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Why Drug Lords and Criminals Are So Risk-Averse

Photographer: Raul Arboleda/AFP via Getty Images

A picture of late drug trafficker Pablo Escobar is hung from a wall inside the Napoles ranch theme park in Puerto Triunfo, Colombia on June 21, 2009. Close

A picture of late drug trafficker Pablo Escobar is hung from a wall inside the Napoles... Read More

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Photographer: Raul Arboleda/AFP via Getty Images

A picture of late drug trafficker Pablo Escobar is hung from a wall inside the Napoles ranch theme park in Puerto Triunfo, Colombia on June 21, 2009.

Even international drug traffickers need investment advisers.

That was Robert Mazur’s job when he went undercover for the U.S. government in the 1980s and ‘90s. Posing as a Mob-connected businessman, he helped the Medellin drug cartel launder and invest its suitcases full of cash.

His clients were “the biggest crooks in the world,” says Mazur, author of "The Infiltrator: My Secret Life Inside the Dirty Banks Behind Pablo Escobar’s Medellin Cartel.” Yet they “always told me that they don’t gamble,” Mazur says. “They don’t take risk, which is why the stock market was of absolutely no interest to them.”

Wait, criminals don’t like risk? Murder, drug trafficking, fraud and bribery -- all okay. But propose buying them shares of Twitter or Tesla, and they freak?

Investing, by definition, means trusting others. You must believe chief financial officers aren’t cooking the books and rely on people like Mark Zuckerberg to make smart use of the billions at their disposal. For criminals who thrive on taking advantage of trust that’s not an easy sell.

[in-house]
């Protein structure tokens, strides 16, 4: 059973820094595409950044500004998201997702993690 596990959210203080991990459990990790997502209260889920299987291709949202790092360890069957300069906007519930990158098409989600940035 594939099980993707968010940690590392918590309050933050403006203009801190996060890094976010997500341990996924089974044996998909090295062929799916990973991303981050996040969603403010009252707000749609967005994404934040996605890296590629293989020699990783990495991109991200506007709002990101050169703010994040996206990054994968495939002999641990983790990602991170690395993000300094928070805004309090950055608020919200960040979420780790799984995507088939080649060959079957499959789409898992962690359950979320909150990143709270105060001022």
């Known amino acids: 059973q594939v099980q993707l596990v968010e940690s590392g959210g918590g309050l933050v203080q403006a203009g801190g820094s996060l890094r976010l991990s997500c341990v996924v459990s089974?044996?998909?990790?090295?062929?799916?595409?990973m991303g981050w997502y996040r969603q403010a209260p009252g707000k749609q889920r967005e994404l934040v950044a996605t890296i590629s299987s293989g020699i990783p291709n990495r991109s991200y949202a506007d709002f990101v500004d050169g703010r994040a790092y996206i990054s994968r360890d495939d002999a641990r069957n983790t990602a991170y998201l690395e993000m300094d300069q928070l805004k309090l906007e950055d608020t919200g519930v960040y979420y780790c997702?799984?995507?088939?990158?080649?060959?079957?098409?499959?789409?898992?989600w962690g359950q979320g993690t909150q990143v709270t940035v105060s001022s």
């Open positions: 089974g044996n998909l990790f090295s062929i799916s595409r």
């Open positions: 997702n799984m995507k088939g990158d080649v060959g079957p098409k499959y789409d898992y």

Convicted felon Sam E. Antar says stock-picking -- trusting in people and numbers you can’t directly verify -- sets you up as a mark for the unscrupulous. Antar was the chief financial officer of Crazy Eddie, Inc., an electronics chain led by Sam’s cousin, Eddie Antar. The chain collapsed under the weight of its fraud in 1989. “Investors live on hope and it’s the criminal’s job to take advantage of that hope,” Antar says.

The fact that he got caught is no consolation, Antar says. Regulators and investigative reporters have been losing the resources to uncover fraud. He points out, correctly, that the number of FBI white-collar crime prosecutions has fallen by half since the 1990s. Antar now speaks on white-collar fraud, often to law enforcement groups, runs a website on the topic and consults for law firms suing on behalf of investors.

“If I wanted to be a scam artist today, I could be very, very successful,” he says. “I’d probably have less risk of being prosecuted and far less risk of going to prison.” But as he also points out, criminals are as short-sighted as the rest of us, maybe more so. “Nobody ever plans on failure,” he says. “The prisons are full of people who never planned on being there.”

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